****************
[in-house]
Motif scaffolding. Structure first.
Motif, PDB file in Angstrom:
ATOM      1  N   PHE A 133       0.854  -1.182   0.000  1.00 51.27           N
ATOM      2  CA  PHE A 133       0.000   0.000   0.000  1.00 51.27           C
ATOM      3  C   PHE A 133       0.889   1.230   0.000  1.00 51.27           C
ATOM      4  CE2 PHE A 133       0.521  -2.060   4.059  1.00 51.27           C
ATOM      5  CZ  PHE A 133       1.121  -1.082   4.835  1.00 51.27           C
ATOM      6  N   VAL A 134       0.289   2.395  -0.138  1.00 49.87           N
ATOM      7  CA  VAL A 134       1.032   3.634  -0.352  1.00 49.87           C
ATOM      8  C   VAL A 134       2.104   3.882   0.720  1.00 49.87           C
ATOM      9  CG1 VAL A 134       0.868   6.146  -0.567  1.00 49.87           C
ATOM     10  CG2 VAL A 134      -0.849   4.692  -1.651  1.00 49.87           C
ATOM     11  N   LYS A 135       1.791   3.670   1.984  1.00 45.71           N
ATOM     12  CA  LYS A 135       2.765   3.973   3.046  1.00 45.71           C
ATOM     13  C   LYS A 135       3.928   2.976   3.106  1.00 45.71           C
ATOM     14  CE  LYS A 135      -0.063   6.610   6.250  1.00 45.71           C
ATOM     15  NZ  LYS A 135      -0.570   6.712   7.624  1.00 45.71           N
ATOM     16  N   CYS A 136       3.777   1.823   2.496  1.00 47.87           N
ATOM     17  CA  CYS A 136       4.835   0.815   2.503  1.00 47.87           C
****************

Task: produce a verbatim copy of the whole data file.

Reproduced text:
[in-house]
Motif scaffolding. Structure first.
Motif, PDB file in Angstrom:
ATOM      1  N   PHE A 133       0.854  -1.182   0.000  1.00 51.27           N
ATOM      2  CA  PHE A 133       0.000   0.000   0.000  1.00 51.27           C
ATOM      3  C   PHE A 133       0.889   1.230   0.000  1.00 51.27           C
ATOM      4  CE2 PHE A 133       0.521  -2.060   4.059  1.00 51.27           C
ATOM      5  CZ  PHE A 133       1.121  -1.082   4.835  1.00 51.27           C
ATOM      6  N   VAL A 134       0.289   2.395  -0.138  1.00 49.87           N
ATOM      7  CA  VAL A 134       1.032   3.634  -0.352  1.00 49.87           C
ATOM      8  C   VAL A 134       2.104   3.882   0.720  1.00 49.87           C
ATOM      9  CG1 VAL A 134       0.868   6.146  -0.567  1.00 49.87           C
ATOM     10  CG2 VAL A 134      -0.849   4.692  -1.651  1.00 49.87           C
ATOM     11  N   LYS A 135       1.791   3.670   1.984  1.00 45.71           N
ATOM     12  CA  LYS A 135       2.765   3.973   3.046  1.00 45.71           C
ATOM     13  C   LYS A 135       3.928   2.976   3.106  1.00 45.71           C
ATOM     14  CE  LYS A 135      -0.063   6.610   6.250  1.00 45.71           C
ATOM     15  NZ  LYS A 135      -0.570   6.712   7.624  1.00 45.71           N
ATOM     16  N   CYS A 136       3.777   1.823   2.496  1.00 47.87           N
ATOM     17  CA  CYS A 136       4.835   0.815   2.503  1.00 47.87           C